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State chamber president: Lansing budget woes will impact business

November 12, 2009
By Dionna Harris Escanaba Daily Press

ESCANABA - Concern about the current state budget affairs and the implications for businesses in Michigan was only one of the topics discussed Wednesday during a visit by Richard Studley.

Studley, president and chief executive officer of the Michigan Chamber of Commerce, was in Escanaba to meet with local business owners, along with officials and members of the Downtown Development Authority and Delta Commerce Center.

Studley arrived in the Upper Peninsula Sunday, and met earlier in the week with management officials from the Kennecott Mine and visited local Chambers of Commerce.

"We are a member-driven, policy focused organization, and I want to understand more about the concerns of employers and employees in the area," said Studley in his opening comments.

He said legislators have gone from chasing smokestacks (attracting new or supporting existing businesses) to tilting at windmills, by offering exorbitant tax credits to filmmakers, which may paint a distorted image of the state.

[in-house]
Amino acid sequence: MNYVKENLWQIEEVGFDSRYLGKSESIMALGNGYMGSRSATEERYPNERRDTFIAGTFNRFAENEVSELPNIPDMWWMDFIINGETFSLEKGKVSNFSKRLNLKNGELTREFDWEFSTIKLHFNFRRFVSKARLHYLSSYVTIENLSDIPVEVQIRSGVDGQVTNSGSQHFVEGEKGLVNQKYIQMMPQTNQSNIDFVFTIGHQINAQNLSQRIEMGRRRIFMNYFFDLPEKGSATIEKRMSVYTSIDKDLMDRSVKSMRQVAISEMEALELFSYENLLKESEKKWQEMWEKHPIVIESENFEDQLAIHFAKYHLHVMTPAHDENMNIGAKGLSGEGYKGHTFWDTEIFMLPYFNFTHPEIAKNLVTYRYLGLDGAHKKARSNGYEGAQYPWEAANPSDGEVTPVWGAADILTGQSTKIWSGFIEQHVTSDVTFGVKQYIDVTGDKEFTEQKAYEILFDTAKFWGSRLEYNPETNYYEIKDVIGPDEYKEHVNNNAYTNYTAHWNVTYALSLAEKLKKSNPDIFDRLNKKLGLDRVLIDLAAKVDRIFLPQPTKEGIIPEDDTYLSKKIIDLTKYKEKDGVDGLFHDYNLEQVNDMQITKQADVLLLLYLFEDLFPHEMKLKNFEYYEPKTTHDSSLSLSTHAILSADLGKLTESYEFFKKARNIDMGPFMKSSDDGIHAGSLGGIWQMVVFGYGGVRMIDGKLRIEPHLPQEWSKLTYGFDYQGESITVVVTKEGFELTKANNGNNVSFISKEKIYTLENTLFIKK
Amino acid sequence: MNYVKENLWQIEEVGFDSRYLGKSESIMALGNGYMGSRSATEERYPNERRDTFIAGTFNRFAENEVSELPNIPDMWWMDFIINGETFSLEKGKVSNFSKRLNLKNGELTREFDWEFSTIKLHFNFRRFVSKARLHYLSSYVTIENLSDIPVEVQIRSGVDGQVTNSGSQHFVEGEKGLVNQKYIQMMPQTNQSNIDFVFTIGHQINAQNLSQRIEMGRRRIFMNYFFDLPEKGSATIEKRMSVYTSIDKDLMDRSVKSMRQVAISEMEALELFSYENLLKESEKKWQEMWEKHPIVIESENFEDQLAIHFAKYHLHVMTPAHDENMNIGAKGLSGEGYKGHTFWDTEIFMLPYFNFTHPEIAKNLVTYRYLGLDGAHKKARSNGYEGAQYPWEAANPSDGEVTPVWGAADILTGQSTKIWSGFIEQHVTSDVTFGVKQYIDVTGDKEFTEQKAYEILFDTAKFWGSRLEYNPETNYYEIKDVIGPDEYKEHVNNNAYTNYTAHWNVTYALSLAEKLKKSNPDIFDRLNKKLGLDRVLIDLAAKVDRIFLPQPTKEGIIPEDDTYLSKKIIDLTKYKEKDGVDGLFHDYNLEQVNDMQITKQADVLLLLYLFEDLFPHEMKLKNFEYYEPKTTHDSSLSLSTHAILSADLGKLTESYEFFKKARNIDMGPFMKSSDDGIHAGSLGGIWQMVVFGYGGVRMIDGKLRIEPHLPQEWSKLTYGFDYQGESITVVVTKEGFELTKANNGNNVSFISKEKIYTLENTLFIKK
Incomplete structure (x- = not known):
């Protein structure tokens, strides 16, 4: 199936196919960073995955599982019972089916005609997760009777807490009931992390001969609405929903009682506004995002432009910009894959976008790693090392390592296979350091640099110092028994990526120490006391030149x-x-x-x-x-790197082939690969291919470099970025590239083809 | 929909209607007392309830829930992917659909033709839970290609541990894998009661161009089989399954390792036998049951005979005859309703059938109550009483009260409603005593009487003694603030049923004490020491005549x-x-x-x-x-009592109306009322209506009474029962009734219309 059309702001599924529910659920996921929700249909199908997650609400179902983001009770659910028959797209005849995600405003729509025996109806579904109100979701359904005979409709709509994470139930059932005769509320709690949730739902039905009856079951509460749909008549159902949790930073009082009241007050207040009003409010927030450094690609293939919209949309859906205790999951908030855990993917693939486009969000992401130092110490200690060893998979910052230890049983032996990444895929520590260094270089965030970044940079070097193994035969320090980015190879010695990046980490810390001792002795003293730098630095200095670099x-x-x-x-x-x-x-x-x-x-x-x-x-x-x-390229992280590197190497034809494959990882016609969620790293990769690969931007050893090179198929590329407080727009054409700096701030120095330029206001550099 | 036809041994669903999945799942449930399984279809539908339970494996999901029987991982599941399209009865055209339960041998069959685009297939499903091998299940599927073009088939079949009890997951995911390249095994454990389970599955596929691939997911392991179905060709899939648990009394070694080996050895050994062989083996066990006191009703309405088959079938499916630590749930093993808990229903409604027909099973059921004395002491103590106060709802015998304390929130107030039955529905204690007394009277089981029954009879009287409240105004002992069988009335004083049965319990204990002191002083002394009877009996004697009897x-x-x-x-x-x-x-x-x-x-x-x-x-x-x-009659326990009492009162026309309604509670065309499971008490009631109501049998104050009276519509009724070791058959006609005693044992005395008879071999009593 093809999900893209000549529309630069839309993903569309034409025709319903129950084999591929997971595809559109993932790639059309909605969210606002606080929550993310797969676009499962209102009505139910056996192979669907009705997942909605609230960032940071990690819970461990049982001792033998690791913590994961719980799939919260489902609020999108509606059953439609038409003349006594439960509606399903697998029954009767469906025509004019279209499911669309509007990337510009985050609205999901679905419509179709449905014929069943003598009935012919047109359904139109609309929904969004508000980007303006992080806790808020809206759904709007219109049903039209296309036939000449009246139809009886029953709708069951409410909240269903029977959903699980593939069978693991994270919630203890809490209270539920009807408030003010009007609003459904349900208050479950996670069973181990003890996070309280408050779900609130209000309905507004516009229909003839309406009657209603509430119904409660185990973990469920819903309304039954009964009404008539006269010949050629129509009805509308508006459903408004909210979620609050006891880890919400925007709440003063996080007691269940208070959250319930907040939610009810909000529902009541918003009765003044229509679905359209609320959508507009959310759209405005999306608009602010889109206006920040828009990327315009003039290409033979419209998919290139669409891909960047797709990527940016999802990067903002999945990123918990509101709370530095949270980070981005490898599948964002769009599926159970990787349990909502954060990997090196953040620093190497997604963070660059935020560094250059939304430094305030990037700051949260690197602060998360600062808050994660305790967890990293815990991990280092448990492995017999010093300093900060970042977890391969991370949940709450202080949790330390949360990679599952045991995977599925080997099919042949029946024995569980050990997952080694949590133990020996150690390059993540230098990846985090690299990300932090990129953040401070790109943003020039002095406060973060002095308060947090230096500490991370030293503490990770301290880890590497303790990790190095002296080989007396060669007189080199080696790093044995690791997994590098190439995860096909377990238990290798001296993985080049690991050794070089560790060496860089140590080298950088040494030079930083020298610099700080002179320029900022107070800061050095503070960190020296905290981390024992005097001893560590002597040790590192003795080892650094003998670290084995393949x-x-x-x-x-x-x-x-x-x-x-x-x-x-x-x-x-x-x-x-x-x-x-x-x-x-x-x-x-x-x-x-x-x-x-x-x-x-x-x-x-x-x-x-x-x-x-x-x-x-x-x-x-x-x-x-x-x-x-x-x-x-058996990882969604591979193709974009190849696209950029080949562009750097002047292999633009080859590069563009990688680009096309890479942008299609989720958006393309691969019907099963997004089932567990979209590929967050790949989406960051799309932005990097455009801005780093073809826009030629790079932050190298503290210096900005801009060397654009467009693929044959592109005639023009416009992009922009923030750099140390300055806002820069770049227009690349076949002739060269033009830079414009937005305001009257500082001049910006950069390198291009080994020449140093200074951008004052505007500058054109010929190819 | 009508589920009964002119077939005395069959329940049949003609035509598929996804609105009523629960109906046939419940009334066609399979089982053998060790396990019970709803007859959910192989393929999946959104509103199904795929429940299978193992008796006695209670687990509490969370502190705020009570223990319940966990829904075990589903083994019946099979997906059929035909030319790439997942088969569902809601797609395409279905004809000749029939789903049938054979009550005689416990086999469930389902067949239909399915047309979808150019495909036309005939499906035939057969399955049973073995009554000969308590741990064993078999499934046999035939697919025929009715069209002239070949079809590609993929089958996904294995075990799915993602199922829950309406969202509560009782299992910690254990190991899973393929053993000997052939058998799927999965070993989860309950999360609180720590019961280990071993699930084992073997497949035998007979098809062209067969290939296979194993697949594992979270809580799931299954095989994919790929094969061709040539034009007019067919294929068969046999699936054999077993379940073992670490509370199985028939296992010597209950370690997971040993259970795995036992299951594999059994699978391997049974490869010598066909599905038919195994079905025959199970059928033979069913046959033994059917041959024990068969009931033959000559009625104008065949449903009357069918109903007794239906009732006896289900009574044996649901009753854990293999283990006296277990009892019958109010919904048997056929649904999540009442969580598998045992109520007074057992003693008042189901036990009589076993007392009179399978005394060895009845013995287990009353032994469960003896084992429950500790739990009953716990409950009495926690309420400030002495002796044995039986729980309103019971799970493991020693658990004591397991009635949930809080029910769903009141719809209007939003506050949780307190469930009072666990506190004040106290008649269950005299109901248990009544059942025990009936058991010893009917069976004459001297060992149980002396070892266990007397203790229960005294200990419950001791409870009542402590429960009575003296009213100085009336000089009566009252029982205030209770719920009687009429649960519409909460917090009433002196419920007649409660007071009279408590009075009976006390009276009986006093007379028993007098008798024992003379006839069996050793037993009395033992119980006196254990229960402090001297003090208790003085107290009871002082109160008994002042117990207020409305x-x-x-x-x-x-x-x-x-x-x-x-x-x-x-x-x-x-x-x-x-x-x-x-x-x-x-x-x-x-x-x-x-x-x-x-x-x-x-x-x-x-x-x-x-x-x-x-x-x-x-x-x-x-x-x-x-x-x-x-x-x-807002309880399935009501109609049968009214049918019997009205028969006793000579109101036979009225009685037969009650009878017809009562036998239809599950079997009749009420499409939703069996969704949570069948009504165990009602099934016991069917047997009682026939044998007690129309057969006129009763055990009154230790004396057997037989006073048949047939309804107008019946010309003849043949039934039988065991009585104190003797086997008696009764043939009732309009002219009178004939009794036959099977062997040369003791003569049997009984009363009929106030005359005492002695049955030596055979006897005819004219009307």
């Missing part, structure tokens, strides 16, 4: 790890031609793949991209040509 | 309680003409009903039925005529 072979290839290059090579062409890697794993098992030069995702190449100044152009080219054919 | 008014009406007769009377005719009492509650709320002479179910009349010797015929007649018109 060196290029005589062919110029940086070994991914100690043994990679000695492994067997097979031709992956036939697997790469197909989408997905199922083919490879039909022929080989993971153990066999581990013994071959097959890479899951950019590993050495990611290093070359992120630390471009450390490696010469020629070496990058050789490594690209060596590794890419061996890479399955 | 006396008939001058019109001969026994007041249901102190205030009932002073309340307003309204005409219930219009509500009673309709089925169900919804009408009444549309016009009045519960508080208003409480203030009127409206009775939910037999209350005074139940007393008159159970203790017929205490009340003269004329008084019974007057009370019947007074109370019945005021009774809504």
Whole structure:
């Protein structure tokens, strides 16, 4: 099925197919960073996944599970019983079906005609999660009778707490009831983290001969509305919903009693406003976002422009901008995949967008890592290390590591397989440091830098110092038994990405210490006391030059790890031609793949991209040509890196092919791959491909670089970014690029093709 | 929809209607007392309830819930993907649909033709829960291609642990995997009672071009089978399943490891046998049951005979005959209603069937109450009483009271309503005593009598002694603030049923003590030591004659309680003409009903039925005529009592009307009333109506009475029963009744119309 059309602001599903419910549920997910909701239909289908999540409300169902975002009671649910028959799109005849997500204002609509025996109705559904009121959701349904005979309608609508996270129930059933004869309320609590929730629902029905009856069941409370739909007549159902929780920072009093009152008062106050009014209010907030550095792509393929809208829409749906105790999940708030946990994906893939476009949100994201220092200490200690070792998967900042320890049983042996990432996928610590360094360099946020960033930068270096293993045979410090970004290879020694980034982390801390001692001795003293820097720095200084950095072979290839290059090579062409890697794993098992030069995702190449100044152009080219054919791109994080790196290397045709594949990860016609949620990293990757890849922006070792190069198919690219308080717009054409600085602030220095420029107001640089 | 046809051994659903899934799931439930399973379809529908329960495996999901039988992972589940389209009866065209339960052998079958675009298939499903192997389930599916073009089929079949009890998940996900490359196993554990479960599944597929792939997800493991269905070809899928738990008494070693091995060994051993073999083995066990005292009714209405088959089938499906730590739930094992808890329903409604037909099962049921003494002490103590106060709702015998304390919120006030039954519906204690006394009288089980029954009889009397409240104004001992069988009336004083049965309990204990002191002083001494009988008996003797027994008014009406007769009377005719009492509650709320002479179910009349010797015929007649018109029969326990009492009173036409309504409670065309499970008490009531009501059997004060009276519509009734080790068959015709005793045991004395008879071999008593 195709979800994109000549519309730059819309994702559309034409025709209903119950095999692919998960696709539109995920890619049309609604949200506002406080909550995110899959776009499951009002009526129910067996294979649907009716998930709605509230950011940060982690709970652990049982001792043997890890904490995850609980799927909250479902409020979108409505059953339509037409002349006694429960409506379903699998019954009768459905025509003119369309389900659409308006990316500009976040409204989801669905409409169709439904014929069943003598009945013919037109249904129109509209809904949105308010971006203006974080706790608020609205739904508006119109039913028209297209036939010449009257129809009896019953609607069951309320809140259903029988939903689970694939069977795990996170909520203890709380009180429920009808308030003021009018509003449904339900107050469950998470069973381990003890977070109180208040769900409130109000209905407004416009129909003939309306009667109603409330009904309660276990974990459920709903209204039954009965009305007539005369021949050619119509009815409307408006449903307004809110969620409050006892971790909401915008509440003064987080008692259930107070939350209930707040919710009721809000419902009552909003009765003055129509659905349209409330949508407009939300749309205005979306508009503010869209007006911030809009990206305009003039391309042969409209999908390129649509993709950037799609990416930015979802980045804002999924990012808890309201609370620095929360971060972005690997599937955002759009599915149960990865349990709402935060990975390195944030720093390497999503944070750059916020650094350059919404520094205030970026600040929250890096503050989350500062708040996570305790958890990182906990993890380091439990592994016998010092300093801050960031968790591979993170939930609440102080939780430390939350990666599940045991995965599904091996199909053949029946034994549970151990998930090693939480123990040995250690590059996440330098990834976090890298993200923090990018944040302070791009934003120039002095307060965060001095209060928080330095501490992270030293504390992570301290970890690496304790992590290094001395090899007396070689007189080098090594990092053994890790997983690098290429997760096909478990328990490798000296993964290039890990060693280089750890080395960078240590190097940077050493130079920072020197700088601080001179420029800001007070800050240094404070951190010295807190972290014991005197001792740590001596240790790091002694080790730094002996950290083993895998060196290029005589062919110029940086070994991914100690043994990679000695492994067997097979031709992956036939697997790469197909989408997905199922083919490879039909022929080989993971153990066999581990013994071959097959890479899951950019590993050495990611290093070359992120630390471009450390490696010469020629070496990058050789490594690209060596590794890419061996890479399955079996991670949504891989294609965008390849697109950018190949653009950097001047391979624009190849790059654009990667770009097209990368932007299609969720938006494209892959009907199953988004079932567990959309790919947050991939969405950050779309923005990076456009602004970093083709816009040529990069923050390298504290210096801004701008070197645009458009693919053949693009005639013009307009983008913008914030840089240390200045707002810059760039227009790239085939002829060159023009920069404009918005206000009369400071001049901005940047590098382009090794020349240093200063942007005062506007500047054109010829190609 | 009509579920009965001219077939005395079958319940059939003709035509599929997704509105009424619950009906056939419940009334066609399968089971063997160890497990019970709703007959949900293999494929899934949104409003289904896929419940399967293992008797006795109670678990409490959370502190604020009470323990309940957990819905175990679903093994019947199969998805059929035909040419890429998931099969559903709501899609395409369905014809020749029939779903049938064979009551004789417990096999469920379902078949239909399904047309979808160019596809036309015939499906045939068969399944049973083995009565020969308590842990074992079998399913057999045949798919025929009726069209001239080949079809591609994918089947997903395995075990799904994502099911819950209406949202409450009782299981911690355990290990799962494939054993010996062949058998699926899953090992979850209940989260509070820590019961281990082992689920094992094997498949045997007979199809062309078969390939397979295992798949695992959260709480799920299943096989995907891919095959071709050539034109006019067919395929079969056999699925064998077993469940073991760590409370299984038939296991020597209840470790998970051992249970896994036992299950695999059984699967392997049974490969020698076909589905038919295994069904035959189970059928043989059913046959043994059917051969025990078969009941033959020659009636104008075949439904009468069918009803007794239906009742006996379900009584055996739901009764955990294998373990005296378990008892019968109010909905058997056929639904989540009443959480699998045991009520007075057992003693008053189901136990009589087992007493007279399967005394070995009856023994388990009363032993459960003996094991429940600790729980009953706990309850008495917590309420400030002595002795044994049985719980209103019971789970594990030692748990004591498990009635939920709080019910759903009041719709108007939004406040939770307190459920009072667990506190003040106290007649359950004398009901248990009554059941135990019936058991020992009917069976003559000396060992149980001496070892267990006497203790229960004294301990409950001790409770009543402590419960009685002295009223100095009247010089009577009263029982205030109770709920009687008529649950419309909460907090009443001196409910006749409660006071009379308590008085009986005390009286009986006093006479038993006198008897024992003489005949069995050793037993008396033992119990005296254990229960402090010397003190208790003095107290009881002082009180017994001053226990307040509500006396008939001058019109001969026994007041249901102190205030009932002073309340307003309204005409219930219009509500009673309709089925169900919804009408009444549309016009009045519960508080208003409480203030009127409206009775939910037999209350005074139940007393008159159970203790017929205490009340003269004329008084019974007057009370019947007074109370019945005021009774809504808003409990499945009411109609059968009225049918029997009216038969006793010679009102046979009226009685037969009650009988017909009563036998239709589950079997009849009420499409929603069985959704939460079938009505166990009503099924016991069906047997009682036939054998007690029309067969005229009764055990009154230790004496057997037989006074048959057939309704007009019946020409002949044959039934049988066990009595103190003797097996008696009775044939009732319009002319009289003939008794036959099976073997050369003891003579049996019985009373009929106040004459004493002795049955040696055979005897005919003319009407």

One of the major issues facing businesses in Michigan today is the Michigan Business Tax, which is more complicated for business owners to comprehend then the Single Business Tax it replaced.

"Lansing managed to repeal the single business tax and replace it with one which is more complicated. The concept of the tax was to make it (MBT) more favorable to manufacturing," said Studley.

Under the MBT, most businesses in Michigan were in favor of paying a 10 to 15 percent in tax liability to help support manufacturing operations such as automobile manufacturers.

However, under the MBT being set into motion, businesses are looking at paying upward of 75 to 100 percent in tax liability, which is going too far, said Studley.

He added the Michigan Chamber of Commerce had reviewed the MBT legislation and found over 300 errors or omissions, which means the new tax legislation is "a mess."

Studley said currently there is talk of tax reform in Lansing. He urged caution, likening the discussion of tax relief as rearranging the deck chairs on the Titanic.

"While Lansing is discussing tax relief, it could lead to an increase in taxes through the shifting of neutral taxes," said Studley.

He said the Michigan Chamber of Commerce had spend over $2 million getting the message to Lansing that reform is needed to get the state back on its fiscal feet.



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